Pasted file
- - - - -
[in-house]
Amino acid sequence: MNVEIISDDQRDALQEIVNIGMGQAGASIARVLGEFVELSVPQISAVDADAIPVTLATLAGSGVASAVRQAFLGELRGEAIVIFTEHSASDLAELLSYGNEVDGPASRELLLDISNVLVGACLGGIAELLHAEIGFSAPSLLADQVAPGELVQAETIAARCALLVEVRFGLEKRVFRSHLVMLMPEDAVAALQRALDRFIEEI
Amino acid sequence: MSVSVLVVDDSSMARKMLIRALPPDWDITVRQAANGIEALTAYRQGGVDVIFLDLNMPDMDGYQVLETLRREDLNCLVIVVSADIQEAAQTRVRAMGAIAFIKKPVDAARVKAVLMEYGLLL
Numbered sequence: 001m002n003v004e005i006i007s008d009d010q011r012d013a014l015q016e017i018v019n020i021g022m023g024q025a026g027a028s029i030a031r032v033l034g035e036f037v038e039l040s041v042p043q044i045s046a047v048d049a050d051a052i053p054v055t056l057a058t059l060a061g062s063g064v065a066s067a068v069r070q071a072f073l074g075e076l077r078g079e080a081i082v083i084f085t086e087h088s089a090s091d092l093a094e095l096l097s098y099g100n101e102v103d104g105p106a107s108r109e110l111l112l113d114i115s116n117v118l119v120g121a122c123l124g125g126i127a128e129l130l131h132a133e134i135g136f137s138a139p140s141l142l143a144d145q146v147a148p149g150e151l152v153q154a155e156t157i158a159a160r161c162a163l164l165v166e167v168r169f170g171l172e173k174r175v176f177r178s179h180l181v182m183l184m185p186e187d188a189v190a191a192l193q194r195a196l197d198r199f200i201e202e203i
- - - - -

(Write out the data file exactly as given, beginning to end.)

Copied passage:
[in-house]
Amino acid sequence: MNVEIISDDQRDALQEIVNIGMGQAGASIARVLGEFVELSVPQISAVDADAIPVTLATLAGSGVASAVRQAFLGELRGEAIVIFTEHSASDLAELLSYGNEVDGPASRELLLDISNVLVGACLGGIAELLHAEIGFSAPSLLADQVAPGELVQAETIAARCALLVEVRFGLEKRVFRSHLVMLMPEDAVAALQRALDRFIEEI
Amino acid sequence: MSVSVLVVDDSSMARKMLIRALPPDWDITVRQAANGIEALTAYRQGGVDVIFLDLNMPDMDGYQVLETLRREDLNCLVIVVSADIQEAAQTRVRAMGAIAFIKKPVDAARVKAVLMEYGLLL
Numbered sequence: 001m002n003v004e005i006i007s008d009d010q011r012d013a014l015q016e017i018v019n020i021g022m023g024q025a026g027a028s029i030a031r032v033l034g035e036f037v038e039l040s041v042p043q044i045s046a047v048d049a050d051a052i053p054v055t056l057a058t059l060a061g062s063g064v065a066s067a068v069r070q071a072f073l074g075e076l077r078g079e080a081i082v083i084f085t086e087h088s089a090s091d092l093a094e095l096l097s098y099g100n101e102v103d104g105p106a107s108r109e110l111l112l113d114i115s116n117v118l119v120g121a122c123l124g125g126i127a128e129l130l131h132a133e134i135g136f137s138a139p140s141l142l143a144d145q146v147a148p149g150e151l152v153q154a155e156t157i158a159a160r161c162a163l164l165v166e167v168r169f170g171l172e173k174r175v176f177r178s179h180l181v182m183l184m185p186e187d188a189v190a191a192l193q194r195a196l197d198r199f200i201e202e203i